In his 40-year career as a National Weather Service meteorologist, he spent most of his time predicting the near future. As a retiree, he’s studying “the far back,” immersed now in learning of a much-ballyhooed highway a century ago.

Angry “harrumphs” in our crazed, crossways world drown out “hurrahs,” hands down.

When the word “culture” is heard these days, one does well to think of buttermilk, whether or not it “does a body good.”

“One thing for sure,” a reader mentioned the other day, “most of your columns are centered on your own ‘back when’ memories.” An easy counter is that just as many pieces are written about their “back when” recollections.

A robust and modern infrastructure keeps our nation’s economy moving – literally. Investing in infrastructure is a critical component of America’s economy, which links businesses, consumers, and everyone in between.

Aunt Maude smirks often, corrects gently and forgives daily. Oh, she also looks the other way regularly to avoid getting the “shakes.”

Columns often “just happen”--devoid of both rhyme and reason. Such is the case as this 16th year of weekly “whims” begins.

The eyes of the state are on 23rd and Lincoln, and there is a growing chorus of citizens, educators, business owners and more who are awaiting a permanent solution to Oklahoma’s seemingly endless cycle of budget shortfalls and failures.

Rarely do guests at funerals “buy” officiants’ claims that we “gather together to celebrate the life of ____.” You fill in the blank. We’ve all “been there, heard that.”

Every community needs a “go-to” guy. At the end of the day, however, there are far more “run-from” folks perfectly willing to let the “go-to’ers” lead the way for the common good.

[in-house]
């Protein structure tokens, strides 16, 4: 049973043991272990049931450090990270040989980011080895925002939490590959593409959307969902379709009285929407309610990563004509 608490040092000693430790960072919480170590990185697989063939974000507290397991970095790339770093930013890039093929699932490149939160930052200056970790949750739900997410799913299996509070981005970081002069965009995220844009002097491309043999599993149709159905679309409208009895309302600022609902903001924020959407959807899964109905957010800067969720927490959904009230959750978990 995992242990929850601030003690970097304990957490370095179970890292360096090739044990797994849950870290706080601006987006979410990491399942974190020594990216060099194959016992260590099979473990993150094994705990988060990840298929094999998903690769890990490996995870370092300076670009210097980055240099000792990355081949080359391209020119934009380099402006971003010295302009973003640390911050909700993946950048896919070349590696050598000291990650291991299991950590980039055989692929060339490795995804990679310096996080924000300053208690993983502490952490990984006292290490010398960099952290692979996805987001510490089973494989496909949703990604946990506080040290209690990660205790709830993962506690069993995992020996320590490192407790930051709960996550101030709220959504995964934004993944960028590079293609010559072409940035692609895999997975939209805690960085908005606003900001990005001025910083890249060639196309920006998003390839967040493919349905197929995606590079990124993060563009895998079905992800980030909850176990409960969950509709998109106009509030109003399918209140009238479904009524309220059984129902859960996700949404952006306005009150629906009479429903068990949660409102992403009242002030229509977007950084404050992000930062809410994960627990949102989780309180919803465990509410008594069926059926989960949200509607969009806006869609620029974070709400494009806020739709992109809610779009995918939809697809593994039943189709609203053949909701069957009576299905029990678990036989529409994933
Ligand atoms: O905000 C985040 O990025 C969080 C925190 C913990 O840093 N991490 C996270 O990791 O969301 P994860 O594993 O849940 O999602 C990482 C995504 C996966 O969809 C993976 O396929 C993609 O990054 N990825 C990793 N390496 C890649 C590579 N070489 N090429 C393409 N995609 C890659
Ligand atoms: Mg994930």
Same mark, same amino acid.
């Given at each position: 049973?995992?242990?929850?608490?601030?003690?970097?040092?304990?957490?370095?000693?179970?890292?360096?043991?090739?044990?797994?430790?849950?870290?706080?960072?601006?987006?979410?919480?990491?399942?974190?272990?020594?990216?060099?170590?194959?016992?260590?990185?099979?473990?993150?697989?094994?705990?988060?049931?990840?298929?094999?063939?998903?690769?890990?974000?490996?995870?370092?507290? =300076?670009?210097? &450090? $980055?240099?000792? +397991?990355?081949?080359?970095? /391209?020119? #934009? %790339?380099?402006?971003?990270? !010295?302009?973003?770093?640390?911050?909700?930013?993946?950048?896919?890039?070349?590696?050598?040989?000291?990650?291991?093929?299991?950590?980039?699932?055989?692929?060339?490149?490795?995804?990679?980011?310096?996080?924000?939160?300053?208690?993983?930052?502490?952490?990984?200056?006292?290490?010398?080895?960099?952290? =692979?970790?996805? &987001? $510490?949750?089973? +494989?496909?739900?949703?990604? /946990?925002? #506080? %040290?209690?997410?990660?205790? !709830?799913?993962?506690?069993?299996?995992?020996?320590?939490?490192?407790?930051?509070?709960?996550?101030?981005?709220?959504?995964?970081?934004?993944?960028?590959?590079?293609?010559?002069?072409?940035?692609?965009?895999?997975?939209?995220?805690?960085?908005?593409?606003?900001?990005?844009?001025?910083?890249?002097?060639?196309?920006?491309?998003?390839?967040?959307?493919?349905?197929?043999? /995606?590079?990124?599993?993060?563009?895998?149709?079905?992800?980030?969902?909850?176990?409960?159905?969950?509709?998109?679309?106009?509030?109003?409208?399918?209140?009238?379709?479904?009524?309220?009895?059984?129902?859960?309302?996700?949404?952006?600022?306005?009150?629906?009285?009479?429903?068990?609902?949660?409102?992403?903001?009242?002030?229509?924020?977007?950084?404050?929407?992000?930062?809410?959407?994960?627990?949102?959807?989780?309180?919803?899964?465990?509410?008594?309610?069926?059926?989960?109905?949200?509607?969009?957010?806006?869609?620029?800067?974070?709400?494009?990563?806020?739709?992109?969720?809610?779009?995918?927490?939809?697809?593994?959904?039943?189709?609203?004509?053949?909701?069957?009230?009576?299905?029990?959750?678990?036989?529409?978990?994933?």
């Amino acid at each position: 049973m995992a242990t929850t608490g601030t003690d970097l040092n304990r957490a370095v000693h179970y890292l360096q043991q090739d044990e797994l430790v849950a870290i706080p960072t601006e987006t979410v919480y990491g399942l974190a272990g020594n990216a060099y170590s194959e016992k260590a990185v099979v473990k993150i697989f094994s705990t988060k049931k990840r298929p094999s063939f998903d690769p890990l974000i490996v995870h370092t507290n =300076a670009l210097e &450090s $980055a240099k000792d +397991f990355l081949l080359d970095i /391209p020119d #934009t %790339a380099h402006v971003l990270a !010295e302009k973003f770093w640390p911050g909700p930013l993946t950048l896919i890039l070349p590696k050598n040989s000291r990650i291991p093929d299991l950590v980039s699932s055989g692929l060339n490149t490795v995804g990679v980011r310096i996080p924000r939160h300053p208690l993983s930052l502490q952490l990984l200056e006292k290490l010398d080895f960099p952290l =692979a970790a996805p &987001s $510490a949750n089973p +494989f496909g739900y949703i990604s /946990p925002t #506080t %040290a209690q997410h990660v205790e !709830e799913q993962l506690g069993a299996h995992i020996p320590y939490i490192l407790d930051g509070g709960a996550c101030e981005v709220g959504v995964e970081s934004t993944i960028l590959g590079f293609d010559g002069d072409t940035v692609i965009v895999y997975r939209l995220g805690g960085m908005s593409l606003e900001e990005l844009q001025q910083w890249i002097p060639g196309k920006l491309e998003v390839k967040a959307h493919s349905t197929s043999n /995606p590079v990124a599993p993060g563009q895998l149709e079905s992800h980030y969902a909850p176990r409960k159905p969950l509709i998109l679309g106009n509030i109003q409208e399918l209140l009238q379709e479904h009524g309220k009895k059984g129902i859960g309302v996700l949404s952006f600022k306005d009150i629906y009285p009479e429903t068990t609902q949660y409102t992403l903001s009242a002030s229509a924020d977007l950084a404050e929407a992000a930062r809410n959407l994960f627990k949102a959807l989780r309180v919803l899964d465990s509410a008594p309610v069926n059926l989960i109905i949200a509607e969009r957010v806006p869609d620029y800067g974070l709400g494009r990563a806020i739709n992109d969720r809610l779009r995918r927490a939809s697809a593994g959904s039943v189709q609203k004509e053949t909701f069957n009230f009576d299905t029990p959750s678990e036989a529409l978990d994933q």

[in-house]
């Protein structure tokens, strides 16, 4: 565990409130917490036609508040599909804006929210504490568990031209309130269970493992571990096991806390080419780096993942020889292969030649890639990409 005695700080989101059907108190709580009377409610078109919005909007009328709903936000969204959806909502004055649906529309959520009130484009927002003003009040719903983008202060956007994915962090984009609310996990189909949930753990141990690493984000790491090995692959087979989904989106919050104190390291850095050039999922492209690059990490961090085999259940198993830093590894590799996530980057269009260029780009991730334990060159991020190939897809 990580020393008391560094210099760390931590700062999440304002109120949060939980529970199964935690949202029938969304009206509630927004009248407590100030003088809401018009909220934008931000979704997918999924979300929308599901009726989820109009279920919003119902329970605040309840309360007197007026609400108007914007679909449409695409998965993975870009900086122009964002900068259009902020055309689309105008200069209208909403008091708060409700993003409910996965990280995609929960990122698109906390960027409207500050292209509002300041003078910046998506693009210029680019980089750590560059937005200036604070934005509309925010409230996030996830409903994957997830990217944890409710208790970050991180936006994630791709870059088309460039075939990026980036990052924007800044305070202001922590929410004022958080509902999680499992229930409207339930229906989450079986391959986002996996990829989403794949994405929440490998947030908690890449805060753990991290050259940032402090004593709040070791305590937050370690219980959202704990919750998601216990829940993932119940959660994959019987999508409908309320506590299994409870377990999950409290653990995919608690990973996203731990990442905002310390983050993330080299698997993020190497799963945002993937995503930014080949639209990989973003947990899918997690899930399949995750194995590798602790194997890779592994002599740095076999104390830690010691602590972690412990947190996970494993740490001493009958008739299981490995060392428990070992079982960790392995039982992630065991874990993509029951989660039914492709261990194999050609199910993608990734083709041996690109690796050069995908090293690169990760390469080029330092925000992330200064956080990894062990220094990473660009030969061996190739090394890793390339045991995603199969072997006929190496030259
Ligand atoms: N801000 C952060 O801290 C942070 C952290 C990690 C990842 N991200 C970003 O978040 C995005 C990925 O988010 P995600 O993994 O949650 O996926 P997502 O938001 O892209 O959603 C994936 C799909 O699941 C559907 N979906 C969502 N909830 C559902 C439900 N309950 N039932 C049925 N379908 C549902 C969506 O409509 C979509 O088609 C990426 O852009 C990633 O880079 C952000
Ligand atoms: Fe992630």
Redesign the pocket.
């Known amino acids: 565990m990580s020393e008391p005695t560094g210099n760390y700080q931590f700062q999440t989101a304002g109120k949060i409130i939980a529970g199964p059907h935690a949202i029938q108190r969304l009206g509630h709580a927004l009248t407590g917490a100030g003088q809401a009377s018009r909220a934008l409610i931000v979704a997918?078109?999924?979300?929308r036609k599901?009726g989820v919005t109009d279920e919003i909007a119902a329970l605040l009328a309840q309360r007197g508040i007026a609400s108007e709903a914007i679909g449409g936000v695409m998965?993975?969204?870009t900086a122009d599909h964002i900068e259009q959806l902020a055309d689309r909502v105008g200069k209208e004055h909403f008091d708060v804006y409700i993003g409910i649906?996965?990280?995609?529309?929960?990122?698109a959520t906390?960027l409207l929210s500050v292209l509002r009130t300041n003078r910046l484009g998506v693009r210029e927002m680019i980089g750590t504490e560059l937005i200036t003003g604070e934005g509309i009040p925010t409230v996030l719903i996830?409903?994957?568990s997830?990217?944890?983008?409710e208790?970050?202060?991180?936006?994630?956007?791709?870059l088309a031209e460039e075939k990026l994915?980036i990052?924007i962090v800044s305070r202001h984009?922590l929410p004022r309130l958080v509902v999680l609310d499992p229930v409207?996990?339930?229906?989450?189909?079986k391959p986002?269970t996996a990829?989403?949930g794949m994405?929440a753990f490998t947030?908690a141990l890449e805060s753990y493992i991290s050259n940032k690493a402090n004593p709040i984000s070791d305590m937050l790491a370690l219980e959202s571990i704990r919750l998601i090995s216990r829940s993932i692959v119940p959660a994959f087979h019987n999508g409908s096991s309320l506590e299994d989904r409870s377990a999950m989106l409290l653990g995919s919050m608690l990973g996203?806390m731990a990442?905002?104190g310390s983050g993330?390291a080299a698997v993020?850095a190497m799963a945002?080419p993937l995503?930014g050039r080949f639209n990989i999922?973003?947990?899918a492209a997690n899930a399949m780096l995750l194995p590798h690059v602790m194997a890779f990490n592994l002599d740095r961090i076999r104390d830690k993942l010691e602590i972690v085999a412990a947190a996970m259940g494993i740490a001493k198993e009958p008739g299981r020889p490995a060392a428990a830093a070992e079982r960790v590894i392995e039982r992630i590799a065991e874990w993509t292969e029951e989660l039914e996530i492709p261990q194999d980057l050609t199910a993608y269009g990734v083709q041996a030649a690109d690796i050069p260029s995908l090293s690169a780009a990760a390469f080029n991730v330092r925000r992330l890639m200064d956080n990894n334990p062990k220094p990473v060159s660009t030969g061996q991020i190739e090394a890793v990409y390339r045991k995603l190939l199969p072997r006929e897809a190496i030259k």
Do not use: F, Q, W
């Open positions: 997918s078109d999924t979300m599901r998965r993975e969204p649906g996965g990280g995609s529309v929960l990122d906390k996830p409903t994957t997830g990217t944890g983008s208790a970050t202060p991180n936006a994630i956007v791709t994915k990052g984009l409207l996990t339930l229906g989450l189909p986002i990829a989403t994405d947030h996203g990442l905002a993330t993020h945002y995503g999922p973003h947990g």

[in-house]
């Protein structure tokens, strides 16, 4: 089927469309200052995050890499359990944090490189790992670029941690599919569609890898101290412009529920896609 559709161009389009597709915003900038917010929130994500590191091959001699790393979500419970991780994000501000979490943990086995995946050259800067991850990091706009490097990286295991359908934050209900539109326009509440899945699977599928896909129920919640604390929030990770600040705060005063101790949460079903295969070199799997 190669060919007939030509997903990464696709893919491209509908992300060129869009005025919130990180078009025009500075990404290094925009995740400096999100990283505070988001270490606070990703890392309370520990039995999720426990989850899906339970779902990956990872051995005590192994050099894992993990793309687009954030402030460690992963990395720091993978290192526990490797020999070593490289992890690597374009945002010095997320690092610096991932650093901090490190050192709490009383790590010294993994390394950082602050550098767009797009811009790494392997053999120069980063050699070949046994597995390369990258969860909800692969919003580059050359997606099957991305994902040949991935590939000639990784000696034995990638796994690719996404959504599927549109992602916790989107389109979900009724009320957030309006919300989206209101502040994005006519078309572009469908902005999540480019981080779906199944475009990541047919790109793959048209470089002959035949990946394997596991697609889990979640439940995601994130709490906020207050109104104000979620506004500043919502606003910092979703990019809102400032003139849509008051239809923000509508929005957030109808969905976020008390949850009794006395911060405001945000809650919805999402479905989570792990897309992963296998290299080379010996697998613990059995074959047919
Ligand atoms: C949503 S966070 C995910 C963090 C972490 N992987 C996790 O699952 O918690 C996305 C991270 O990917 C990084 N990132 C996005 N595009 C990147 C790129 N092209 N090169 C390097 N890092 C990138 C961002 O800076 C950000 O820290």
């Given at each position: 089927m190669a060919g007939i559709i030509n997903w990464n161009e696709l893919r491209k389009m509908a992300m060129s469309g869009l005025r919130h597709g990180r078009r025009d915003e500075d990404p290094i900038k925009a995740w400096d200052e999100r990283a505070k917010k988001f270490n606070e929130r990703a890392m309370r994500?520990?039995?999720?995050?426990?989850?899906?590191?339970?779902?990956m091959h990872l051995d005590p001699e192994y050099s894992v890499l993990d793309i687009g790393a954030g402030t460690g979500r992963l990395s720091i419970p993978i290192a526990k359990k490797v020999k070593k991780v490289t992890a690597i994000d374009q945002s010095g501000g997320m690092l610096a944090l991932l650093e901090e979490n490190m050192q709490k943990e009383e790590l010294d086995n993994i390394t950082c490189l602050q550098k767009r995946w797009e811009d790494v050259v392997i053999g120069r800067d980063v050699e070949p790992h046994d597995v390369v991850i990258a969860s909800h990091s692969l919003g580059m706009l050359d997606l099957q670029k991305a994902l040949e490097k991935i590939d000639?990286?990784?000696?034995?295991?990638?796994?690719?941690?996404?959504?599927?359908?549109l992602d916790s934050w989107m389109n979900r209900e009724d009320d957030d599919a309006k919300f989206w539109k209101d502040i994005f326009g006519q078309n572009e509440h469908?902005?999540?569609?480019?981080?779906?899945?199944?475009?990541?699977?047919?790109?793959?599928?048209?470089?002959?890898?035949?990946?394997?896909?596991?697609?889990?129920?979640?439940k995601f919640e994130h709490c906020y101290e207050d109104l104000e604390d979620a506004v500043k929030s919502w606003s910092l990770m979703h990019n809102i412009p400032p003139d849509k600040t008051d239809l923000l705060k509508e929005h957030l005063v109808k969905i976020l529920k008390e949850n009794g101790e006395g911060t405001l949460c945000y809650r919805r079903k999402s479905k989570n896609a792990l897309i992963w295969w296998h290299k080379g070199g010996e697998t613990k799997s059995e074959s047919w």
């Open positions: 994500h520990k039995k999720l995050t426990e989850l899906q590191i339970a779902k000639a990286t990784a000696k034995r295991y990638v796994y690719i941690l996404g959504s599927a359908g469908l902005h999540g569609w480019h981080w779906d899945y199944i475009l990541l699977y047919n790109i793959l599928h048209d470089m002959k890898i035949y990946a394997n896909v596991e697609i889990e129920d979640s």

Officials charged with safekeeping and maintaining order at Times Square in New York City on New Year’s Eve must have been sweating, even if the weather outside was frightful.

At their wedding 52 years ago in their hometown of Bangs, TX, Virginia and Lowell Bishop repeated “old school” vows. When she murmured the “whither thou goest” commitment, however, she gave little thought to the “whither thou stoppeth” milestone.

Rarely is “pensive” used as a descriptive for my 105-year-old Uncle Mort. In the hours unfolding from an old year to a new one, however, he grows silent. This is the claim of his bride, Maude, who repeated wedding vows with him 80-something years ago.

To some, it could be a Cinderella story. Djimonii Jackson, a Howard Payne University senior, was featured in the parade and at the football game as the 2017 Homecoming Queen. Snappily dressed and flashing a disarming smile, she charmed effortlessly. She was escorted by her godfather, Michael…

Hello Panther Nation! I hope all is well with you and you are enjoying the end of another great semester in Pauls Valley. We are very excited to finish the semester and celebrate another wonderful Christmas break.